No monsoon revival, water scarcity a reality, says report
By Prabhu Mallikarjunan - BANGALORE
06th September 2012 10:24 AM
Hopes of monsoon revival has been belied. With just a month remaining for the South-West monsoon, which spreads between June and September, predictions by Indian Meteorological Department officials that monsoon would revive by late August has failed.
Water levels at major reservoirs are still low, indicating water scarcity in the state. According to the Karnataka State Natural Disaster Monitoring Centre (KSNDMC) report, between June 1 and September 2, the state received 526 mm rainfall as against the normal 686mm, recording a deficit of 23 per cent. The water levels in major reservoirs is short by 25 per cent to 50 per cent of the full capacity.
(Table 1 and 2) “Though past week witnessed good rainfall and increased the water levels in the last eight days, the levels at Linganamakki, Varahi, Supa and KRS reservoirs are less when compared to the corresponding period of 15 years average levels. Though it is early to assess the situation, it is alarming,” KSNMDC director V S Prakash said.
In the past week, rainfall was excess in Chitradurga, Davangere, Mysore, Tumkur districts, normal in Bangalore Rural, Chikkaballapura districts, deficit in Bangalore Urban, Chamarajanagara, Kolar and Mandya districts and scanty in Ramanagara district. Among the 281 hoblis, rainfall was excess in 102 hoblis, normal in 45, deficit in 77 and scanty in 57.
And, out of total 3,524 minor irrigation tanks in the state, 65 per cent of the tanks are dry and only six per cent of the tanks had storage capacity of more than 50 per cent of their total capacity. Meanwhile, the Indian Meteorological Department is predicting moderate to rather heavy rains at most places over all the coastal districts of the state and at many places over all the north interior districts of Karnataka & south interior Karnataka during the coming week.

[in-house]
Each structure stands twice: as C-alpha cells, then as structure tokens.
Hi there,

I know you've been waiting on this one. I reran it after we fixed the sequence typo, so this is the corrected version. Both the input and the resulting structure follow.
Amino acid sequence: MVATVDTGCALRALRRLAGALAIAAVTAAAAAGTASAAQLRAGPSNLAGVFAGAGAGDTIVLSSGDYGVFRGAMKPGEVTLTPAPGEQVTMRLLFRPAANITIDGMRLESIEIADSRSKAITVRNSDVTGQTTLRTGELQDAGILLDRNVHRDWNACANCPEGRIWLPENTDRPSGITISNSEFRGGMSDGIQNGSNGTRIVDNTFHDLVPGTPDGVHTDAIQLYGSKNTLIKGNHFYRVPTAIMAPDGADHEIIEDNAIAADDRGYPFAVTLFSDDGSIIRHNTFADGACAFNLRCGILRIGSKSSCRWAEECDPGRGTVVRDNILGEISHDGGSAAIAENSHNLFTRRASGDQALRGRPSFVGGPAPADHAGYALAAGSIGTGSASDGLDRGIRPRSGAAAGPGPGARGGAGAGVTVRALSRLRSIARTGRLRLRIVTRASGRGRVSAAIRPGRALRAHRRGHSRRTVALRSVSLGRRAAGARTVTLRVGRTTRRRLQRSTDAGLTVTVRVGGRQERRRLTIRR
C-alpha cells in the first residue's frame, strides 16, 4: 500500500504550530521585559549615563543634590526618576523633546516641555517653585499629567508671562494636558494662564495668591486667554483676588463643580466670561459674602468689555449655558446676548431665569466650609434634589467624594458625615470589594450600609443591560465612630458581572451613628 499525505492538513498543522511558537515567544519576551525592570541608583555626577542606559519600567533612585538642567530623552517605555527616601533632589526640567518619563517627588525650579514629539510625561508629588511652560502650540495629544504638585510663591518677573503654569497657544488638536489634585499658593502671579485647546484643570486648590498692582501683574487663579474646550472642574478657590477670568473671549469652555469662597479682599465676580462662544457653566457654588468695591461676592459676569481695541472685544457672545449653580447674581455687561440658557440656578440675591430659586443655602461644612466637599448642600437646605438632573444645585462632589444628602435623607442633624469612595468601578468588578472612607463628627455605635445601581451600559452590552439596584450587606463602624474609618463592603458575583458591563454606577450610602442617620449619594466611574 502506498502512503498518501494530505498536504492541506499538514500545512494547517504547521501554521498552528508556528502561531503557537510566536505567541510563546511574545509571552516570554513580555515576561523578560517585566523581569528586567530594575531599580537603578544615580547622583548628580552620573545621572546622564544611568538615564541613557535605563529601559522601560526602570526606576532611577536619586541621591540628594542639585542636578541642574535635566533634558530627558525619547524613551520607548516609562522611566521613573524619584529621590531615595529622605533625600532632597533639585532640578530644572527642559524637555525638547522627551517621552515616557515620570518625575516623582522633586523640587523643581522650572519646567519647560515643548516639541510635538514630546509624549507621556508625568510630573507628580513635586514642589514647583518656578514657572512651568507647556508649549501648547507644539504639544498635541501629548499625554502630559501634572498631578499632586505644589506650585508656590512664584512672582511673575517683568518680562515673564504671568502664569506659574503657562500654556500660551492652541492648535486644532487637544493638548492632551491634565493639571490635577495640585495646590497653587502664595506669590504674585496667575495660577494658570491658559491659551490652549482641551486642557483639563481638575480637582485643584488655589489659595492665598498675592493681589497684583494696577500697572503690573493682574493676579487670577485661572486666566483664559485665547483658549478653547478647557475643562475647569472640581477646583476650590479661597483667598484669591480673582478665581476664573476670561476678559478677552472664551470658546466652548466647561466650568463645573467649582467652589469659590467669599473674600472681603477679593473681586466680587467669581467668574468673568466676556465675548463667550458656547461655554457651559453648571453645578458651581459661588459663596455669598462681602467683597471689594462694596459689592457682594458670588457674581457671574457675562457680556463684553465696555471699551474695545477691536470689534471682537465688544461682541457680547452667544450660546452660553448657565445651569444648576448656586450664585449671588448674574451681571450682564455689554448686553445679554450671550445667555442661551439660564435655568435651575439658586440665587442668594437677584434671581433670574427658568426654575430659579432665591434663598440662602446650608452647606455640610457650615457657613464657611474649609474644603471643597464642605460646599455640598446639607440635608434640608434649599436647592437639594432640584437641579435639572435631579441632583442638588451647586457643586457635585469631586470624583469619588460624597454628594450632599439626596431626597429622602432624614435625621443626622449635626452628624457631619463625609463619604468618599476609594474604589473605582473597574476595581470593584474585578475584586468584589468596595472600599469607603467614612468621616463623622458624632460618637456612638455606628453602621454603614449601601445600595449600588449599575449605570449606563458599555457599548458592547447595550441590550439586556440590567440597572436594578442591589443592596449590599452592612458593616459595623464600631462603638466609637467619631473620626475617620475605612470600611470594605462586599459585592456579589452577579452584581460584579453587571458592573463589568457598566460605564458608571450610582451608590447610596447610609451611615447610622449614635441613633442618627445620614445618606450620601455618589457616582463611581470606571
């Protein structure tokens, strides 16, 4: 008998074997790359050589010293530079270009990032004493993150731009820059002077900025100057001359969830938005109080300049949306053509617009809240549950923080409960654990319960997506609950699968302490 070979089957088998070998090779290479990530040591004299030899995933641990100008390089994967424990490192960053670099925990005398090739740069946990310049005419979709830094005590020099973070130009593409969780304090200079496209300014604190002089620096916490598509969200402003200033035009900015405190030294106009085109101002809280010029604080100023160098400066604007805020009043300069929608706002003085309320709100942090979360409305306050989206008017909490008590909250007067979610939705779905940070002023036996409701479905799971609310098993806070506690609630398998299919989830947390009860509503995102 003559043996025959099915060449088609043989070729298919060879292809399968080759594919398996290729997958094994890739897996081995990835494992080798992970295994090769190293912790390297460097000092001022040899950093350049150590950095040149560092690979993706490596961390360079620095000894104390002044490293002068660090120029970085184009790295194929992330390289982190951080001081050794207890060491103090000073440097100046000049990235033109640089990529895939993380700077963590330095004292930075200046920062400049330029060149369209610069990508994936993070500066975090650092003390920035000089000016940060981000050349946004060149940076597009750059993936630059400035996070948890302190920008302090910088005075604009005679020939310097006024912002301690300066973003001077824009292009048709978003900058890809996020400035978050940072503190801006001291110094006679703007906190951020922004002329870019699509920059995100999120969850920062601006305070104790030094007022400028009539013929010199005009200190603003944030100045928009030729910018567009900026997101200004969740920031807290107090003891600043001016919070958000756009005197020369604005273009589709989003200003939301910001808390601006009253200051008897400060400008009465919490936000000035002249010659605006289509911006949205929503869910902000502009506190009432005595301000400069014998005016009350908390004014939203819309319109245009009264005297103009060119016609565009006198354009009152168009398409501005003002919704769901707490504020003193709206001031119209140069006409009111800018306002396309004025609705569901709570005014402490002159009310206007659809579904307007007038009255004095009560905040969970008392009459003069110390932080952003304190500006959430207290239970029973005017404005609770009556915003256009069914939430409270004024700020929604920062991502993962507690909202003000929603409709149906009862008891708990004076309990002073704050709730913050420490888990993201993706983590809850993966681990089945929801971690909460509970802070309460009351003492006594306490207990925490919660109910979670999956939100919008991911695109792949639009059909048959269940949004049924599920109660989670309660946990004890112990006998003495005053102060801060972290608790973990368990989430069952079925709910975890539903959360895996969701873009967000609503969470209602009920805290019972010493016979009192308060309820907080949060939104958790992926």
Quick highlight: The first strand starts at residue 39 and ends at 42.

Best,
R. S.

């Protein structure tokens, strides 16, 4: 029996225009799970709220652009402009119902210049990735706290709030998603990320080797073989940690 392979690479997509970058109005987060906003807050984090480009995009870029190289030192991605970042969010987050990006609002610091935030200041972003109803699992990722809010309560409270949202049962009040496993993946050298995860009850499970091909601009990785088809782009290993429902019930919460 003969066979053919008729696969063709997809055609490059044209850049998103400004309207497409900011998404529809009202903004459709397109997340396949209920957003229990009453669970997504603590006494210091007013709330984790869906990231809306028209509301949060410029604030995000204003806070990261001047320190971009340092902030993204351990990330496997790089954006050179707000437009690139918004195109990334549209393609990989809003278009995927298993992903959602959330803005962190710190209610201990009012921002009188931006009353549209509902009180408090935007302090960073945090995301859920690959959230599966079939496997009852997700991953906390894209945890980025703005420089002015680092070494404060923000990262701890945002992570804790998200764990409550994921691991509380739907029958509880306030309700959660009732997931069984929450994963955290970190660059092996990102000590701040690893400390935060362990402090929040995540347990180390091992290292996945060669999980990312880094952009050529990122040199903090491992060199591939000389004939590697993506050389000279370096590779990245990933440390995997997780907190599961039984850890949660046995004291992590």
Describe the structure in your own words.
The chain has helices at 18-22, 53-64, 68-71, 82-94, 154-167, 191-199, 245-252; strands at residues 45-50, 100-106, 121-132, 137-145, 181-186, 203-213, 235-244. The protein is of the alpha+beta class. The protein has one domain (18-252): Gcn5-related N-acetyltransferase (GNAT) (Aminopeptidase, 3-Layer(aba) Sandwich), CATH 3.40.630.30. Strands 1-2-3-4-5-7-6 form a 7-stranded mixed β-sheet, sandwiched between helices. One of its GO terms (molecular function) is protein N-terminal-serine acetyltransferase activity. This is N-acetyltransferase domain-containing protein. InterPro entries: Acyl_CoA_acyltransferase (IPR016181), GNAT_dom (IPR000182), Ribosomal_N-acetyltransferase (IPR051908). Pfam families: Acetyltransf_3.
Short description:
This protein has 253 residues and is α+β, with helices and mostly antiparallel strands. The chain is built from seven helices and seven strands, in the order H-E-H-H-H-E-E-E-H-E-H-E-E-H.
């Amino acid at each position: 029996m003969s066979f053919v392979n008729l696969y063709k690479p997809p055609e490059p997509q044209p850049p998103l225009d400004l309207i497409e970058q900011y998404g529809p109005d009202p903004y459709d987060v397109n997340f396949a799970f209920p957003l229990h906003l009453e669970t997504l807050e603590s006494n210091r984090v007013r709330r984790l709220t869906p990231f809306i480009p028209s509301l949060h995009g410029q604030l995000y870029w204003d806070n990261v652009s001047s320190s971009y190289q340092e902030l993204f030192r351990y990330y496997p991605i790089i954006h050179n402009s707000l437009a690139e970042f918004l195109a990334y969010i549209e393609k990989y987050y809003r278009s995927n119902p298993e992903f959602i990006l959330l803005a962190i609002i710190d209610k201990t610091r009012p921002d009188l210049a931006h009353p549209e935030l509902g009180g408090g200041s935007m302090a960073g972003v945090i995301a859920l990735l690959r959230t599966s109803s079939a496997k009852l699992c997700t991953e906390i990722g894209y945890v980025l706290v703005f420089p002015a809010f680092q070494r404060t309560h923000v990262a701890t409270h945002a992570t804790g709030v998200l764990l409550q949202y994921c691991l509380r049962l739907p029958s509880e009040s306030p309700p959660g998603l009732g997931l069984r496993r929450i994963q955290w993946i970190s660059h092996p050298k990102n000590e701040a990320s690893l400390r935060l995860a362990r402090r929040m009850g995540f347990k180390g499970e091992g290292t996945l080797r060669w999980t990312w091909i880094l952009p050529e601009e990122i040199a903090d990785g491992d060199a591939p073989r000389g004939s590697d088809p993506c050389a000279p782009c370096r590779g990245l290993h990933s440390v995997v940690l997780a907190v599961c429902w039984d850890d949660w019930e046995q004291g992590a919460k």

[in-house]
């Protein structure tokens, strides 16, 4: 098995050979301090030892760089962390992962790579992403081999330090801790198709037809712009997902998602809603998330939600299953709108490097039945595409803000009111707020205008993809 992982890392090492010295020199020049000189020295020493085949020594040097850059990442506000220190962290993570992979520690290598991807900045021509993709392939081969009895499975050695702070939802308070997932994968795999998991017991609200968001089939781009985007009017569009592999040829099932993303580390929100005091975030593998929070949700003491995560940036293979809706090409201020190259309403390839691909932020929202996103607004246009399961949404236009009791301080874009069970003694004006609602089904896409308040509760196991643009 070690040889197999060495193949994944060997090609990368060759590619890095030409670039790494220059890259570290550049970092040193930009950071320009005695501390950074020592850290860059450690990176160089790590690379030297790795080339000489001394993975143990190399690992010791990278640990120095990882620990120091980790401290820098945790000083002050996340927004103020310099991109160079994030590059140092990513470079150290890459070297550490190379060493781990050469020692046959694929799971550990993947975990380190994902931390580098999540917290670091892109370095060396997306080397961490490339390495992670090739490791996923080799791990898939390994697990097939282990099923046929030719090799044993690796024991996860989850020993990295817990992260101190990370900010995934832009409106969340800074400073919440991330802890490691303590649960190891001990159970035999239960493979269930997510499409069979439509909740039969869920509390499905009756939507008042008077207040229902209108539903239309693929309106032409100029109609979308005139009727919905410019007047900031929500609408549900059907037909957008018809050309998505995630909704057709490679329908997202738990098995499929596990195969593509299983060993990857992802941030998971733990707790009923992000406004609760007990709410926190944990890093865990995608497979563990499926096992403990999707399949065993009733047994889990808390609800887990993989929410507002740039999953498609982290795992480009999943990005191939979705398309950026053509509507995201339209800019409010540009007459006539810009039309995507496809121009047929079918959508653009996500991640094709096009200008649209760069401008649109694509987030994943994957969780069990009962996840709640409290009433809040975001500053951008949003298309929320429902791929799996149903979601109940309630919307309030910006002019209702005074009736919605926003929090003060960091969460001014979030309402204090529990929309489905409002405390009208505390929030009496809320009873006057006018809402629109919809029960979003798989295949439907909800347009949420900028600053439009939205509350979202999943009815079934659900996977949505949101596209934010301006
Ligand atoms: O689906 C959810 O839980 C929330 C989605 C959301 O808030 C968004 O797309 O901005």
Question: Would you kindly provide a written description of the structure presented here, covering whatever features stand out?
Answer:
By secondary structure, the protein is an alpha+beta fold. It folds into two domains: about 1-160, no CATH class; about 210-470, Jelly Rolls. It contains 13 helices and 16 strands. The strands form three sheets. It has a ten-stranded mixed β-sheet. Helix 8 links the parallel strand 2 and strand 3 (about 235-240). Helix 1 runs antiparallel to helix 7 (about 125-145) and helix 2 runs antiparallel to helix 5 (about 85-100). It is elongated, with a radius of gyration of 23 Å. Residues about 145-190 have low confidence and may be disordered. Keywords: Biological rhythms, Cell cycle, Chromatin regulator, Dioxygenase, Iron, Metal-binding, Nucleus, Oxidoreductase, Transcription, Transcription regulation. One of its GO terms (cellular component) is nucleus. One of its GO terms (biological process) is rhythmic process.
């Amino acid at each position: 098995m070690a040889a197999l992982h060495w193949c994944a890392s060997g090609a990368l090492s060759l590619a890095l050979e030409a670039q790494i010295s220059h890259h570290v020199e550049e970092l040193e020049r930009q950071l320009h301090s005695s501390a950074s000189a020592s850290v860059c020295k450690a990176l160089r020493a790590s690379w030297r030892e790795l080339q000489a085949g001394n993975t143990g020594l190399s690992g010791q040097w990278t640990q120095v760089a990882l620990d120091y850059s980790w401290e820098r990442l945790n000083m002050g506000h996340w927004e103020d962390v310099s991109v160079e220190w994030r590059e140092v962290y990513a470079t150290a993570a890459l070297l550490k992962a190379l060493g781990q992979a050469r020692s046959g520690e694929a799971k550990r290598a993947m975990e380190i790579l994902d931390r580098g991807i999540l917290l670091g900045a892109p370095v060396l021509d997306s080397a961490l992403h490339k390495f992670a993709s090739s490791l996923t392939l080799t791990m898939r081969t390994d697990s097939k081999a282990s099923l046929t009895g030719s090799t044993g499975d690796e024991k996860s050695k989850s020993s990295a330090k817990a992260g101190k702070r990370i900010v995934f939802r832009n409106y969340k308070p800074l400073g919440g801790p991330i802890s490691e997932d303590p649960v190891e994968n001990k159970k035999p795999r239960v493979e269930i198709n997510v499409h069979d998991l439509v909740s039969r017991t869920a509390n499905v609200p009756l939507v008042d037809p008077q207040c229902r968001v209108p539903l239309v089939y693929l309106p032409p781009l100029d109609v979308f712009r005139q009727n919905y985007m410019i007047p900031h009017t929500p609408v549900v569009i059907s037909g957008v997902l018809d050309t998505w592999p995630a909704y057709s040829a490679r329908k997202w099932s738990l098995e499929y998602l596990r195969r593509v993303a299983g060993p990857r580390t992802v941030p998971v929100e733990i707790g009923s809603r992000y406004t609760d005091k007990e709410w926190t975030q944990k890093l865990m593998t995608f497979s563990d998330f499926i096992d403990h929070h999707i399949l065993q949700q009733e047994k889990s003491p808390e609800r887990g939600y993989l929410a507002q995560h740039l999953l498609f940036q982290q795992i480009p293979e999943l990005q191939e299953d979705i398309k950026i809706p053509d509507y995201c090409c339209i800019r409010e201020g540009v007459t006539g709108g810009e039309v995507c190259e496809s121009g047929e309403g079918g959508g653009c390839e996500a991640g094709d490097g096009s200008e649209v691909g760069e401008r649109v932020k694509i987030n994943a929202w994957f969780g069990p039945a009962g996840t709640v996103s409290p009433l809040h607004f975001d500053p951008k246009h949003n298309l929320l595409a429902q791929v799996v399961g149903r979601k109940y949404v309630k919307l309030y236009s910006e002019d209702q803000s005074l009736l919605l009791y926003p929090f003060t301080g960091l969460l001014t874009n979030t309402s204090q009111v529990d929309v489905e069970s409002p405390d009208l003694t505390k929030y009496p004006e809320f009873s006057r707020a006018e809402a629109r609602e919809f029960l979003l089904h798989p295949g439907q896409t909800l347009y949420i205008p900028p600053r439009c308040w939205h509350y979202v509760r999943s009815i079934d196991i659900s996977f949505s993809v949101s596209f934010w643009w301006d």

Though the rainfall was heavy during the past 10 days, it was of little help to the farmers in many districts. As on August 22, 157 taluks have been notified as drought affected as per the KSNMDC rules. However, the sowing has improved drastically during last month.
Though an area of 34.98 lakh hectares was sown by July 31, an area of 53.08 lakh ha was sown as on August 31. But, 30 per cent of the target area of 74.70 lakh ha is still unsown as on date.
(Table 3) “In Mandya district, though there is a slight increase in the sugarcane sowing, several areas are still affected. It is not as rosy as what the government is projecting with respect to sugarcane crops. Hardly 10 per cent is covered under irrigation,” Chikkabore Gowda, Sathanur Village in Mandya Taluk.
Pulses such as greengram and horsegram, cereal crops such as jowar, ragi and bajra and oilseeds like groundnut and sunflower have already been affected. However, experts are predicting that the production will touch 100 lakh tonnes, but are skeptical of how much will hit the market as the price fluctuation is likely to play a major role.
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